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HSBC bosses blame Swiss managers for tax avoidance failures

HSBC’s chairman and chief executive have declined to shoulder individual blame for staff aiding tax evasion which took place at the Swiss private bank between 2005 and 2007, despite apologising to MPs.

Grilled by MPs at the Treasury Select Committee yesterday, HSBC group chairman Douglas Flint and chief executive Stuart Gulliver both accepted conduct at the bank was unacceptable.

Gulliver said: “I would like to put on the record an apology from both myself and Douglas for the unacceptable events that took place at our private bank in Switzerland in the mid-2000s. It is an apology we would like to make to you, our customers, our shareholders and the public at large.”

However, Gulliver insisted that although he held some accountability, both he and Flint had helped to install reforms at the bank to improve controls.

He said: “I have been group chief executive since 2011, so I have collective responsibility for the group. But I’m responsible for cleaning it up, and I have made substantial changes.”

Flint added that the bank’s Swiss staff should carry the blame for the alleged infractions.

“Most accountable, I think are the management in Switzerland. It’s very difficult for people outside of Switzerland to get access to the detailed account information,” Flint said.

“The most culpable people are the relationship managers who did what they did.”

Of relationship managers in place between 2005 and 2007, Flint estimated that 30 per cent continue to hold roles at HSBC’s Swiss private bank.

“Those that have stayed have been vetted, screened and managed to make sure that, as far as we can see, they are adopting our policies in an appropriate way,” he said.

Between 2005 and 2007, Flint was serving as the bank’s group finance director, later becoming group chairman in December 2010.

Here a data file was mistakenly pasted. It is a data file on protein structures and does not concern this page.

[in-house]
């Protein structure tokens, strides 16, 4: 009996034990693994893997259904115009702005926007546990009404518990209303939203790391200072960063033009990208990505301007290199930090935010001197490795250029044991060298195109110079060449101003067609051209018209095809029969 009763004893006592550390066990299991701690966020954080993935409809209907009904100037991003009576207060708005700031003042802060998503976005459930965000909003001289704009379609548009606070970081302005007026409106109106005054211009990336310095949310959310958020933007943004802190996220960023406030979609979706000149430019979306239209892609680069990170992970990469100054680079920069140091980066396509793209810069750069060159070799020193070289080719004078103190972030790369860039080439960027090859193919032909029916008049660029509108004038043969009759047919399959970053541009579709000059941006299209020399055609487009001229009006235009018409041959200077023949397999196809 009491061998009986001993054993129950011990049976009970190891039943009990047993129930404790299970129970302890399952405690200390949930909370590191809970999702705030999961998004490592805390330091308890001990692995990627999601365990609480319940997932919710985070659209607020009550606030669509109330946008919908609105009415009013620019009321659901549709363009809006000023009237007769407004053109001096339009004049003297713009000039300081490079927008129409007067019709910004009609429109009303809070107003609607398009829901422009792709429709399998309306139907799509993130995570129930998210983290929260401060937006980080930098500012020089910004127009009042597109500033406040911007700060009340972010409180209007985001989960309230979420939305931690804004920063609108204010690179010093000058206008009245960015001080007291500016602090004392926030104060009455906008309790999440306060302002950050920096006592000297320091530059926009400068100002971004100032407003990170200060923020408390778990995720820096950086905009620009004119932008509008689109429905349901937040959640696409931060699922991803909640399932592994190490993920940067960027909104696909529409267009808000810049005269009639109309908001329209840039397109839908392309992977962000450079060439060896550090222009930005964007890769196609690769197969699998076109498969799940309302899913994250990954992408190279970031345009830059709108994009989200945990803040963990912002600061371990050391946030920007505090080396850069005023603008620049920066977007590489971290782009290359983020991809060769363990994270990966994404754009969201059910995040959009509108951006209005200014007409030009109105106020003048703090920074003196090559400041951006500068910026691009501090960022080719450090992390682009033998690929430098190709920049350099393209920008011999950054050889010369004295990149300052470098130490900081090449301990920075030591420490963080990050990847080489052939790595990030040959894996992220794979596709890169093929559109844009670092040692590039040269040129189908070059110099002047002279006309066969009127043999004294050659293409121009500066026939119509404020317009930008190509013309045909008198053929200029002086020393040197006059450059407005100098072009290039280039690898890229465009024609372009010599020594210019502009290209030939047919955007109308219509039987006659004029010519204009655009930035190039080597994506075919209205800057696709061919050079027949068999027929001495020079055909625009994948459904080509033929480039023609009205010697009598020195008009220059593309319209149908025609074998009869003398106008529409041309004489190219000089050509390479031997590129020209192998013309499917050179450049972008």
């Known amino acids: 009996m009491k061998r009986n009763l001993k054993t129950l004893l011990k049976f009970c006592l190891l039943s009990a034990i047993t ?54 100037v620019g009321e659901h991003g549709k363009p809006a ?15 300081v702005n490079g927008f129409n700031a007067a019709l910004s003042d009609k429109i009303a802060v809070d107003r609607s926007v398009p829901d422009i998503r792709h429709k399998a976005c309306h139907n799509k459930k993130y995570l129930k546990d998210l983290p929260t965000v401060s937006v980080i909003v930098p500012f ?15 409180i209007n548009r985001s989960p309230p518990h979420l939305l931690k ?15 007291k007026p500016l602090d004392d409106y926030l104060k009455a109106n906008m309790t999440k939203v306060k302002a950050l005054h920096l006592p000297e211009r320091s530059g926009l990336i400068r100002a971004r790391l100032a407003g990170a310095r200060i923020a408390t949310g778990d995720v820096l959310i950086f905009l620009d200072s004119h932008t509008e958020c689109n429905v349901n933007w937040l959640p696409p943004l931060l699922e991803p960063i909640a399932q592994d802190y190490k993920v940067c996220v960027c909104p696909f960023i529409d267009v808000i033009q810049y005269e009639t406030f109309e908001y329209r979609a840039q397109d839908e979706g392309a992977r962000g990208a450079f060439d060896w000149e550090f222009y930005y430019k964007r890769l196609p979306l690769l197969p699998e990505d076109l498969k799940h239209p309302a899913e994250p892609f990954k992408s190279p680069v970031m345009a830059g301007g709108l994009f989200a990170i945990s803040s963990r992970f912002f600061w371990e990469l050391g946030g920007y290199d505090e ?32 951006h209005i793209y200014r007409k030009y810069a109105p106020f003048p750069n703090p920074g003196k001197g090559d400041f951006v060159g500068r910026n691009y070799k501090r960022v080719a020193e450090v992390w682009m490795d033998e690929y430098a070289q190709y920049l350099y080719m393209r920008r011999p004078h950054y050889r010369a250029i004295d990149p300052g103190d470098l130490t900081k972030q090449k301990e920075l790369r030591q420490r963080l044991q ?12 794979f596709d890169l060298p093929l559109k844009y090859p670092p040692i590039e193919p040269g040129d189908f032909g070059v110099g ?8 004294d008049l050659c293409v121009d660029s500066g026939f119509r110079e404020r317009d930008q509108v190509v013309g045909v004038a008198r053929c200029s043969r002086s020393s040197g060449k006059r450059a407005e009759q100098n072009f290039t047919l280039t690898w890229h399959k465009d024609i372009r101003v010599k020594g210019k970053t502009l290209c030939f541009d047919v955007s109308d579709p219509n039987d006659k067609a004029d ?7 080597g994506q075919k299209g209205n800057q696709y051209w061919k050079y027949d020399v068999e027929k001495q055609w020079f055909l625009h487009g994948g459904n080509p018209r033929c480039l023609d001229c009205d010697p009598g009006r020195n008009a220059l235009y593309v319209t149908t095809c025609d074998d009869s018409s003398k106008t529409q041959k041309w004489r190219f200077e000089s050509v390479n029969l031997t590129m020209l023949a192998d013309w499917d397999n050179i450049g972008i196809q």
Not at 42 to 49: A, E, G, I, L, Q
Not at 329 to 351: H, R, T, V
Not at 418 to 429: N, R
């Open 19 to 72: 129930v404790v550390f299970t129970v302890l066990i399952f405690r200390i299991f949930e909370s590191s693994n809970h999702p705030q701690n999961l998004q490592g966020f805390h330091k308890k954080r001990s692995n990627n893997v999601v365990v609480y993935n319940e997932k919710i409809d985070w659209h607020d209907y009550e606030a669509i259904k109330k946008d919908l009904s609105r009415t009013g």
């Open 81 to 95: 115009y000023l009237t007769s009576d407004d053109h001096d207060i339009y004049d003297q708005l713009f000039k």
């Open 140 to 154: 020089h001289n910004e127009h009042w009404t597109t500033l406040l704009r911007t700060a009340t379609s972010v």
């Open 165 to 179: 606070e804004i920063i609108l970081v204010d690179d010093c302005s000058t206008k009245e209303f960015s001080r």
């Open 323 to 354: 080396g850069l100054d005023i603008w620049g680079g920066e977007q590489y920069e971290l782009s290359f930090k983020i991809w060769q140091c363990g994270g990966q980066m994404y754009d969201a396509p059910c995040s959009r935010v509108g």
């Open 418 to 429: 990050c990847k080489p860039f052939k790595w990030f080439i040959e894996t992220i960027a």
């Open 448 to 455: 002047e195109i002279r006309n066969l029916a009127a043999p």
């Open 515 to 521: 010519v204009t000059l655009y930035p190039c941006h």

Gulliver, meanwhile, was named chief executive of Global Banking and Markets and HSBC Global Asset Management, excluding Switzerland, in May 2006 and joined the board of HSBC’s Swiss private bank in September 2007.

However, despite joining the Swiss board, Gulliver maintained that he held only a “non-operational” role.

“I was not involved in its day-to-day management, and from 2008 onwards we started to restructure that private bank,” Gulliver said.

Pushed by MPs on whether he should sack Gulliver, Flint said: “I think he’s doing an excellent job.”

The HSBC chairman added that while he had not received a bonus since 2010, he did not feel it would be appropriate to waive any bonus received this year.

“I don’t feel that proximate to what was happening in the private bank,” he said.

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There are 3 comments at the moment, we would love to hear your opinion too.

  1. OK but one thing that still puzzles me is that HSBC have stated that the deposits in their Swiss accounts have reduced by 70% since all of this was happening yet nobody seems to have asked them whether that withdrawn money is still with HSBC PERHAPS IN OTHER JURASDICTIONS

  2. I can so well remember a documentary on the Barings debacle (Leeson) where it became clear that there was nobody on boardroom level who actually knew what a derivative was.

    Seems like there was nobody at board level with HSBC who knew what tax evasion was….Corporate culture = responsibility

  3. In the 1980’s IFS used to be the Institute of Bankers before becoming Chartered and subsequently re branding as IFS.
    New bank entrants were encouraged to do their banking exams and if you had O-levels, you did stage 1 and moved forward and A levels did a conversion course and moved on to Stage 2. Those on accelerated training (I failed the roleplay assessments for accelerated training, not sure why, but that is by the by).
    My point is, i probably have more banking exams than a lot of bankers now, especially as to make a point I sat the CIIs Retail Banking Exam last year without doing any revision and passed! So nearly 30 year old knowledge which is not mandatory.
    I also sat teh CIIs derivatives advice and dealing exam and the Discretionary Investment exam and yet NO FCA staff are required to sit exams…. they come across from the Treasury with degree’s in Japanese or Economics, but no broad spread of study as far as I am aware. Banking exams were the basics of everything ,i.e. a bit of economics, a bit of law, a bit of accountancy and a bit of practice of banking. Then we started to get graduate entrants who had degrees in geography or basking weaving and they wonder why the people at the top didn’t understand what the people elsewhere in the organisation were doing and the products they were using!
    And the F-pack made ADVISERS do mandatory exams in ETHICS. I think there are some people at the top who need to to a first sitting let alone a resitting!

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